On June 15, 1972, Jeff Curtis went to see Led Zeppelin perform at the Nassau Coliseum on Long Island. He would leave with a guitar case belonging to Jimmy Page and hold onto it for 47 years.
The case, an original Liften guitar case, famously came with 1958-1960 Gibson Les Paul guitars. While only about 1,500 Sunburst Les Paul guitars were made during this time period, they are regarded as the most prized and demanded guitars by rock musicians and known for their incredible tone. Such notables who played and recorded with 1958-1960 Les Pauls include Jimmy Page, Eric Clapton, Slash, Jeff Beck, Keith Richards, and many other guitar gods.
Jimmy Page owns two of them, but his favorite is his 1959 Les Paul sold to him by Joe Walsh around 1969. Jimmy recorded pretty much all of his iconic Led Zeppelin songs with that guitar, starting with Zeppelin’s second album. Page used a telecaster on the first album before he acquired his ’59 Les Paul.
That summer, Led Zeppelin was in the middle of their eighth U.S. tour, and two heavy nights at Nassau Coliseum served as the final East Coast dates of the summer. After the show, Mick Hinton, John Bonham’s drum tech, who Jeff had met the year before at Madison Square Garden, invited Jeff to the stage after the show. Jeff was in the stands behind the stage and shouted to Mick, “How do I get down there?”
Hinton picked up and tossed a guitar case to Jeff, who then walked down, past two security checkpoints with the case in hand, up onto the stage, and handed it back to Mick. For years, the case was “hidden under a pile of junk deep in an attic” as Curtis shared with NYS Music. Living in Westbury, Curtis is a guitarist who can be found at open mic nights across Long Island and has performed in Hawaii, California and Sweden.
Curtis shared the full story on Facebook how he wound up with the original case, and was recently able to return it to Jimmy. Read below their photo for the full story.
After the few minutes it took to pack up the drums, he says to me, “You can have that.” I was speechless, to say the least! “Where will the guitar go?” He took me over and showed me Jimmy Page’s number one Les Paul guitar in its brand new anvil road case. The case I was given was being discarded that night since its back was crushed and no longer afforded protection to the guitar. Talk about being in the right place at the right time!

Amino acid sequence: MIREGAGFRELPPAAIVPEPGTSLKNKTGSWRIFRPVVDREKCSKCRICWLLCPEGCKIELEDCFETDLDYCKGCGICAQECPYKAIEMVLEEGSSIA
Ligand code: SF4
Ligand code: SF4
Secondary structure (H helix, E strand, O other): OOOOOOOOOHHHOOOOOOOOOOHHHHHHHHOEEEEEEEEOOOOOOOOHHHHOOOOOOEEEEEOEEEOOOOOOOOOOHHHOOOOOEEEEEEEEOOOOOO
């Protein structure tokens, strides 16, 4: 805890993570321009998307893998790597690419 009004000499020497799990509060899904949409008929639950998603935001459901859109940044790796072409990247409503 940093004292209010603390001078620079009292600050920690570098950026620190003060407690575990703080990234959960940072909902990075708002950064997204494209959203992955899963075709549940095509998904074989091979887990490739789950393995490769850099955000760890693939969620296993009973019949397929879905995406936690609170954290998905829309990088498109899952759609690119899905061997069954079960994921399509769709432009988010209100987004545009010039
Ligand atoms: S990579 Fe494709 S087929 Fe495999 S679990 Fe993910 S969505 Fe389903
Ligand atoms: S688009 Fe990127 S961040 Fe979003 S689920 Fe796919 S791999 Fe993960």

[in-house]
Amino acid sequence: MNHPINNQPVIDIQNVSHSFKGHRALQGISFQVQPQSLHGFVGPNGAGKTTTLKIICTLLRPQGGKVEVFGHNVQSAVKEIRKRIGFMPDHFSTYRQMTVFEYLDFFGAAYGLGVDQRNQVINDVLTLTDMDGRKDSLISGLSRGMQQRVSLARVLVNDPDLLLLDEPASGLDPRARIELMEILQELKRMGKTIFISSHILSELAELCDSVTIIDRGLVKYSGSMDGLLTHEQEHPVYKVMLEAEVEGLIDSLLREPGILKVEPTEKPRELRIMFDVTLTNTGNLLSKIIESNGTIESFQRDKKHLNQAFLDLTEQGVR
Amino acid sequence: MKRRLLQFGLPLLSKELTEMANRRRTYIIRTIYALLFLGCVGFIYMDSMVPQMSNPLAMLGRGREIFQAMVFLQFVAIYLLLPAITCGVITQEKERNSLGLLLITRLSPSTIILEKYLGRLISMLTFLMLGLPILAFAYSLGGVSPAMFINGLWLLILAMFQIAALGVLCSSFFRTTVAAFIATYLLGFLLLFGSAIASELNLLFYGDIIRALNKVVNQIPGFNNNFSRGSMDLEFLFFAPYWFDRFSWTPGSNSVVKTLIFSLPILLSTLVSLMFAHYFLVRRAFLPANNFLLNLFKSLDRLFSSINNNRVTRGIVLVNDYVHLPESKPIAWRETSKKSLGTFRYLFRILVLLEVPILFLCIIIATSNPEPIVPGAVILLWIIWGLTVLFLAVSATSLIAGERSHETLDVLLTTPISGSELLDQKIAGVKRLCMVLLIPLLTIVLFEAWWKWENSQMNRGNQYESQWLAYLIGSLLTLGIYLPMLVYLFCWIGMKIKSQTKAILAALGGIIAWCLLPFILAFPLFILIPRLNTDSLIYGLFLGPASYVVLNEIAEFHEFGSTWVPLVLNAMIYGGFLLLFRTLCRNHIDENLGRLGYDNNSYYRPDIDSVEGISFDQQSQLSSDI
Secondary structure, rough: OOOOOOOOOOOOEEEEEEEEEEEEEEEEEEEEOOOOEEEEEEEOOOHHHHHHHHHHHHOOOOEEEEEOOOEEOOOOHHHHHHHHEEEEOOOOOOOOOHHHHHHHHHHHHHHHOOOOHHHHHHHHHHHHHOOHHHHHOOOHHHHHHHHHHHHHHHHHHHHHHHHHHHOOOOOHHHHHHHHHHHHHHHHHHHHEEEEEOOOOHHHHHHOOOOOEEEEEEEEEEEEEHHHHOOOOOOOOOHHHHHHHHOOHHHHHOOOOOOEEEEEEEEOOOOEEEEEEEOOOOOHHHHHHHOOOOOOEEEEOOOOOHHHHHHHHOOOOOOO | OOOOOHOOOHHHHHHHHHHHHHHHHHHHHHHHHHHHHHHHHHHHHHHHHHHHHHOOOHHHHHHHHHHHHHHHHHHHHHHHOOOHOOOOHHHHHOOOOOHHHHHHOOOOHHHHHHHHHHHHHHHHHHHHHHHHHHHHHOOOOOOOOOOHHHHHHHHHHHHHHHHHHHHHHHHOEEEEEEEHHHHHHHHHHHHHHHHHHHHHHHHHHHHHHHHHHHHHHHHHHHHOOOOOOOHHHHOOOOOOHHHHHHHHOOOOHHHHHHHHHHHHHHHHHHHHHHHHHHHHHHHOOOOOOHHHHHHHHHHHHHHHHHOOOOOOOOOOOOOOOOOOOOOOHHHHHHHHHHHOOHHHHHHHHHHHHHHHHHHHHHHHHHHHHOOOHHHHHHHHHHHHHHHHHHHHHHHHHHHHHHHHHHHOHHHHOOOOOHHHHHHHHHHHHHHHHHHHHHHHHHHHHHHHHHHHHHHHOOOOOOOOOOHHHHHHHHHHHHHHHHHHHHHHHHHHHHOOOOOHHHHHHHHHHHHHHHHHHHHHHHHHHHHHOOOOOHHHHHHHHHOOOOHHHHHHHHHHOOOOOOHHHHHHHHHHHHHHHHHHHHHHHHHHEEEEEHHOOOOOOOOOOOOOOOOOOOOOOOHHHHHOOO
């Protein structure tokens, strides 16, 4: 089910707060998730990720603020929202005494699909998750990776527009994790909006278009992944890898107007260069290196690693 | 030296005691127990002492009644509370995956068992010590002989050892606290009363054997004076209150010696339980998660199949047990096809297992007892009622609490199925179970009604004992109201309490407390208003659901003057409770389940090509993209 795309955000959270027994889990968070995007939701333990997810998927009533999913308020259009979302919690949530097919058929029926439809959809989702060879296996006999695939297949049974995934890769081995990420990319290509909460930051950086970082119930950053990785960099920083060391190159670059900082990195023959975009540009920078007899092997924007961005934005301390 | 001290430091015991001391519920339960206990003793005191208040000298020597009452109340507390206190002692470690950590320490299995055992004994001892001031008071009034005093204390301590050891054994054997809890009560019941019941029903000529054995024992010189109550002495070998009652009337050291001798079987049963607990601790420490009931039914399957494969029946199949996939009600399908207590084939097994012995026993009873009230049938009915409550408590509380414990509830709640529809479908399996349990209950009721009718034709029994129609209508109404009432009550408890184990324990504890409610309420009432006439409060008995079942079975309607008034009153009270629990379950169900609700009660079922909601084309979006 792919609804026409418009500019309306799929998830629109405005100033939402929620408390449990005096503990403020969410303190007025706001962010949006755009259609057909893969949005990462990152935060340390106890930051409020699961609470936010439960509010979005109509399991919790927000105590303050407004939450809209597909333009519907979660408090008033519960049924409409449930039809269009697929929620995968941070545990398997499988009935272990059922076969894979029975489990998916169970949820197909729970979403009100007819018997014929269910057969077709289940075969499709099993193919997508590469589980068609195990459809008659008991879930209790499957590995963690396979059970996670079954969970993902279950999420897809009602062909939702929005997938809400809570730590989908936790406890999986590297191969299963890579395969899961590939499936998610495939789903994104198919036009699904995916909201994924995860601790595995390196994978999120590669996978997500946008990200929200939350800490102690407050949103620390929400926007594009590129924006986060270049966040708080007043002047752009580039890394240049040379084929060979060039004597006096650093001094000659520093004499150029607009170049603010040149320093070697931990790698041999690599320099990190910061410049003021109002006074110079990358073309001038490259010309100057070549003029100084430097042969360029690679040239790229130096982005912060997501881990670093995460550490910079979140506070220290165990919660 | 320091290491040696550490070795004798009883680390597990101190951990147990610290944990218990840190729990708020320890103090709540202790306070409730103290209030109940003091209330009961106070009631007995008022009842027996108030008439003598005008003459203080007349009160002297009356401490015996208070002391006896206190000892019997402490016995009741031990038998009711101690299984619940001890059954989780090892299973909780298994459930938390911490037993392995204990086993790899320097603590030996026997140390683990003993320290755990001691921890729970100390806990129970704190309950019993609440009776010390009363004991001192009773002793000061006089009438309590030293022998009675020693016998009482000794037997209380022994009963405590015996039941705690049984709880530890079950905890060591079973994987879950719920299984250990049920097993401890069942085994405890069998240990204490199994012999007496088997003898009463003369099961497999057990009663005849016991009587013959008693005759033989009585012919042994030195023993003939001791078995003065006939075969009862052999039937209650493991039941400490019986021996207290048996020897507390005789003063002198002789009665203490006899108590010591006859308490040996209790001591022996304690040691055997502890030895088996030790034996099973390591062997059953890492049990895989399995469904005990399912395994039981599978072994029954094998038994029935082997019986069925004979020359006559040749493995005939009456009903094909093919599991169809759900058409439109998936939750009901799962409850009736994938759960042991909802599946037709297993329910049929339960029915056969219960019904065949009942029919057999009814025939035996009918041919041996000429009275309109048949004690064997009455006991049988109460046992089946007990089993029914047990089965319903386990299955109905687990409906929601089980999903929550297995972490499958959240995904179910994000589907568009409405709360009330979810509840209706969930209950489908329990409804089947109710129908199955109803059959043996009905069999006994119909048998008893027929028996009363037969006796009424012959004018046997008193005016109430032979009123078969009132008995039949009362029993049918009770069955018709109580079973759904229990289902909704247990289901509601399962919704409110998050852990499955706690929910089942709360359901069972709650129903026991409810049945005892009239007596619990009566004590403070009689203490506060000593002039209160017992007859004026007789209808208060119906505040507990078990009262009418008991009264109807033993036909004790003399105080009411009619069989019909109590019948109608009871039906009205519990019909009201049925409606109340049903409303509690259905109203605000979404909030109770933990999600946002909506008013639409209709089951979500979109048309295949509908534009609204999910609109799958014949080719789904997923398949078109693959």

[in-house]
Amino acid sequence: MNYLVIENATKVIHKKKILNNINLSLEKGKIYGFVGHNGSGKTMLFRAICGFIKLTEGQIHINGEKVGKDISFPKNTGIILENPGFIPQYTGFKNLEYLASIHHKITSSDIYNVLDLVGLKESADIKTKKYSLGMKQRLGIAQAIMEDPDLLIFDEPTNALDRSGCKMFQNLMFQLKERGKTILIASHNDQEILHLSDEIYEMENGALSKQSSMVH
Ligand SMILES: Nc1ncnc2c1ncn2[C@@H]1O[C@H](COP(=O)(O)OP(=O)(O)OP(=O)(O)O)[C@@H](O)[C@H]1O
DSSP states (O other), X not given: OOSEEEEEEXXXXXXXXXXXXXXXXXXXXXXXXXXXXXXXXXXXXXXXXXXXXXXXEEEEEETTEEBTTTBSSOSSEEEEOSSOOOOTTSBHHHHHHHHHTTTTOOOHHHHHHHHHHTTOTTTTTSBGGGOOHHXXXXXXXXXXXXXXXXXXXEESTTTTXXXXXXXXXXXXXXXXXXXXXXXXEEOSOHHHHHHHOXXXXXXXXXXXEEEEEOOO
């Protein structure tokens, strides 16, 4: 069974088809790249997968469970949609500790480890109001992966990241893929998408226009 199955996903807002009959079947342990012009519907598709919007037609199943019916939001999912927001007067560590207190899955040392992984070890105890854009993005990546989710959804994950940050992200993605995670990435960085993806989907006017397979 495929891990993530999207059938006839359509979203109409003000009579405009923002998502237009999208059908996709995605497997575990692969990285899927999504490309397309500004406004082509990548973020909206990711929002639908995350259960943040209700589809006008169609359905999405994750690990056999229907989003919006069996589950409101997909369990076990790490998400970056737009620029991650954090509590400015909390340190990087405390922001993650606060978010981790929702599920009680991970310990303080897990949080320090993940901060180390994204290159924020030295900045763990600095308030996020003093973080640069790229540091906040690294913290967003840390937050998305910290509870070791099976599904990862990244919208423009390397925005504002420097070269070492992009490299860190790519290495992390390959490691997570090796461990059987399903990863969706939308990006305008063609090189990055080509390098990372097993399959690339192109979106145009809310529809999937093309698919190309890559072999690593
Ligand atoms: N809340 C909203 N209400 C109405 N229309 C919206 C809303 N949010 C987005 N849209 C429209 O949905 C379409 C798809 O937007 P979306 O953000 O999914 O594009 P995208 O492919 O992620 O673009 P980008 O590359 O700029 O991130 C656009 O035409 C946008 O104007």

So began my decades-long possession of a genuine rock n’ roll artifact. But I also realized from that point onward that it was something I couldn’t talk about. While there have been a small handful of friends over the years who were aware that I had it, I had kept this a deep secret over the past 47 years in fear that someone might either burglarize my house or worse, threaten me in order to steal it. For this reason, I had decided a couple of years ago that I no longer wanted the guitar case.
Despite its certain significant monetary value to a collector, I had also decided that I wouldn’t ever sell it since making money off someone else’s fame is simply against my principles. I decided that I would find a way to personally return it to Jimmy Page. But how to accomplish this? How would I get in touch with the right people to set up a meeting?
Back in July, I went to see the Play It Loud exhibit at the Metropolitan Museum of Art in New York City. Jimmy Page’s number one Les Paul guitar was one of the instruments on display. I got the idea that maybe I could be put in touch with his people via the exhibit’s curator. A few days later, I called the museum and spoke with the curator’s assistant who asked me to send an e-mail with photos, which I did. About two weeks later, I got a call from a gentleman, Perry, who works with Jimmy. He asked to set up a meeting to personally examine the case and take several more detailed photos. About a month later, I received word that Jimmy wanted to meet me and have the case returned.
So, on a beautiful Sunday afternoon in a hotel lounge in New York City, my two daughters, a close friend and I had the pleasure of a 1-hour sit-down and conversation with Jimmy, with him finally getting the guitar case back. When I opened it up, the look on his face was priceless: “What memories this brings back!” “Thank you so much!” In person, he is a genuinely warm and very welcoming gentleman. We talked about Led Zeppelin, he asked about my musical influences, asked my daughters what type of music they enjoyed and various other topics. I gave him copies of both my CDs, which he said he would listen to. He also had brought me a special limited box set edition of Led Zeppelin 2 and signed its book as well as another book I had brought with me. I can honestly say that after the first few minutes, my nervousness completely disappeared and it felt like I was talking with an old friend. Nevertheless, the experience of having had the opportunity to sit down with the very person whose music not only greatly influences my own but also inspired to me to initially pick up and learn to play the guitar almost 50 years ago is something that I will never forget!
Thanks so much Jimmy and thank you Perry! Mission accomplished.
After sitting with Page for an hour, Curtis said of the legendary guitarist, “It was like talking to an old friend.” He continued, “Jimmy was a real gentleman to sit and talk with, not a hint of ego. He asked my daughters about their musical interests, and asked about my influences as well. He made us all feel very comfortable. But it took a week to kind wrap my head around the experience of meeting him for that long.”
This article was originally published by Under the Radar – Covering the Long Island Music Scene and appears as a special to NYS Music. Under the Radar and NYS Music work in partnership to provide readers with in-depth coverage on the local music scene across Long Island. For more, visit BreslauBombers.com.